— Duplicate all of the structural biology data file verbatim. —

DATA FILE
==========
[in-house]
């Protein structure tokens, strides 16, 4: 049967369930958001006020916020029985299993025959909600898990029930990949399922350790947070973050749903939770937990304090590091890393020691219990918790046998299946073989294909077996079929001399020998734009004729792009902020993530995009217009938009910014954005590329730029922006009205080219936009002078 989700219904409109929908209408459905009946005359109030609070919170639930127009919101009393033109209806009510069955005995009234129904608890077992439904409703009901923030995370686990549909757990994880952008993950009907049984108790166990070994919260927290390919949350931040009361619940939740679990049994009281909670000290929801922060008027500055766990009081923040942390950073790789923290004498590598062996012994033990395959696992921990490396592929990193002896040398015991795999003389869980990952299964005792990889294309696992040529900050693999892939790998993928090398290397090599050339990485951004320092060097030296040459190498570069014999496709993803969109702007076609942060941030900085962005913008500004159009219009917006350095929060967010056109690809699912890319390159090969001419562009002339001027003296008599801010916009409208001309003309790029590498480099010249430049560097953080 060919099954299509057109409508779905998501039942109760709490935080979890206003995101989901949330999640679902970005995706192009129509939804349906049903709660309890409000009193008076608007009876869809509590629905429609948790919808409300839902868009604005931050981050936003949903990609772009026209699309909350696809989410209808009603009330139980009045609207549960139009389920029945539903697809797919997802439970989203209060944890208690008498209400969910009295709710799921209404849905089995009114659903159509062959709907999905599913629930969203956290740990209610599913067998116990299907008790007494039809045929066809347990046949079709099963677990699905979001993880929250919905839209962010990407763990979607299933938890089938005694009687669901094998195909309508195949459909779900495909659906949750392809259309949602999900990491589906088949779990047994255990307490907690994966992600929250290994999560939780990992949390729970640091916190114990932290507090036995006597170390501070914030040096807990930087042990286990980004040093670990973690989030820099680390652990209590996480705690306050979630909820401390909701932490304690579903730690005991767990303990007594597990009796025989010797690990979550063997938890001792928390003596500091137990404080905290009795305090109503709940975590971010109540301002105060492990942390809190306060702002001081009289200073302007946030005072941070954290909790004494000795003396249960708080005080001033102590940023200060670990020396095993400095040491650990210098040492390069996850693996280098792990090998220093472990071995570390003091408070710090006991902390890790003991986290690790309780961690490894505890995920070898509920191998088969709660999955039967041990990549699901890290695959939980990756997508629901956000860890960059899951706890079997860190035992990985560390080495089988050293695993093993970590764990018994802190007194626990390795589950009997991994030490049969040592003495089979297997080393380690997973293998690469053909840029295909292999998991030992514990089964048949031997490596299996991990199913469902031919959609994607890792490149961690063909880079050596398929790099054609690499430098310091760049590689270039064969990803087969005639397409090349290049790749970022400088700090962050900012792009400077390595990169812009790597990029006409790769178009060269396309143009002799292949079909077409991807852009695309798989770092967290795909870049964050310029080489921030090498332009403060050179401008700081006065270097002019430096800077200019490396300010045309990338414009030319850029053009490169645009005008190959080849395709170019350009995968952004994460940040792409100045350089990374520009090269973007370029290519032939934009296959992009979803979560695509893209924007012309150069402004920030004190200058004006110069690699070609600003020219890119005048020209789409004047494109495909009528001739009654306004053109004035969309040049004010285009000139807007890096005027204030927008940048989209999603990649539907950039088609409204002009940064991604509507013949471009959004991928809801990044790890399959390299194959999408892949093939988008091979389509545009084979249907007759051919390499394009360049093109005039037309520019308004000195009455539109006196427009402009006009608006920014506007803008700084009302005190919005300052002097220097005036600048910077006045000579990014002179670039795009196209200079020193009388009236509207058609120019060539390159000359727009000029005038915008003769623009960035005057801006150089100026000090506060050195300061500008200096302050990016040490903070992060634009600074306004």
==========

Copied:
[in-house]
């Protein structure tokens, strides 16, 4: 049967369930958001006020916020029985299993025959909600898990029930990949399922350790947070973050749903939770937990304090590091890393020691219990918790046998299946073989294909077996079929001399020998734009004729792009902020993530995009217009938009910014954005590329730029922006009205080219936009002078 989700219904409109929908209408459905009946005359109030609070919170639930127009919101009393033109209806009510069955005995009234129904608890077992439904409703009901923030995370686990549909757990994880952008993950009907049984108790166990070994919260927290390919949350931040009361619940939740679990049994009281909670000290929801922060008027500055766990009081923040942390950073790789923290004498590598062996012994033990395959696992921990490396592929990193002896040398015991795999003389869980990952299964005792990889294309696992040529900050693999892939790998993928090398290397090599050339990485951004320092060097030296040459190498570069014999496709993803969109702007076609942060941030900085962005913008500004159009219009917006350095929060967010056109690809699912890319390159090969001419562009002339001027003296008599801010916009409208001309003309790029590498480099010249430049560097953080 060919099954299509057109409508779905998501039942109760709490935080979890206003995101989901949330999640679902970005995706192009129509939804349906049903709660309890409000009193008076608007009876869809509590629905429609948790919808409300839902868009604005931050981050936003949903990609772009026209699309909350696809989410209808009603009330139980009045609207549960139009389920029945539903697809797919997802439970989203209060944890208690008498209400969910009295709710799921209404849905089995009114659903159509062959709907999905599913629930969203956290740990209610599913067998116990299907008790007494039809045929066809347990046949079709099963677990699905979001993880929250919905839209962010990407763990979607299933938890089938005694009687669901094998195909309508195949459909779900495909659906949750392809259309949602999900990491589906088949779990047994255990307490907690994966992600929250290994999560939780990992949390729970640091916190114990932290507090036995006597170390501070914030040096807990930087042990286990980004040093670990973690989030820099680390652990209590996480705690306050979630909820401390909701932490304690579903730690005991767990303990007594597990009796025989010797690990979550063997938890001792928390003596500091137990404080905290009795305090109503709940975590971010109540301002105060492990942390809190306060702002001081009289200073302007946030005072941070954290909790004494000795003396249960708080005080001033102590940023200060670990020396095993400095040491650990210098040492390069996850693996280098792990090998220093472990071995570390003091408070710090006991902390890790003991986290690790309780961690490894505890995920070898509920191998088969709660999955039967041990990549699901890290695959939980990756997508629901956000860890960059899951706890079997860190035992990985560390080495089988050293695993093993970590764990018994802190007194626990390795589950009997991994030490049969040592003495089979297997080393380690997973293998690469053909840029295909292999998991030992514990089964048949031997490596299996991990199913469902031919959609994607890792490149961690063909880079050596398929790099054609690499430098310091760049590689270039064969990803087969005639397409090349290049790749970022400088700090962050900012792009400077390595990169812009790597990029006409790769178009060269396309143009002799292949079909077409991807852009695309798989770092967290795909870049964050310029080489921030090498332009403060050179401008700081006065270097002019430096800077200019490396300010045309990338414009030319850029053009490169645009005008190959080849395709170019350009995968952004994460940040792409100045350089990374520009090269973007370029290519032939934009296959992009979803979560695509893209924007012309150069402004920030004190200058004006110069690699070609600003020219890119005048020209789409004047494109495909009528001739009654306004053109004035969309040049004010285009000139807007890096005027204030927008940048989209999603990649539907950039088609409204002009940064991604509507013949471009959004991928809801990044790890399959390299194959999408892949093939988008091979389509545009084979249907007759051919390499394009360049093109005039037309520019308004000195009455539109006196427009402009006009608006920014506007803008700084009302005190919005300052002097220097005036600048910077006045000579990014002179670039795009196209200079020193009388009236509207058609120019060539390159000359727009000029005038915008003769623009960035005057801006150089100026000090506060050195300061500008200096302050990016040490903070992060634009600074306004």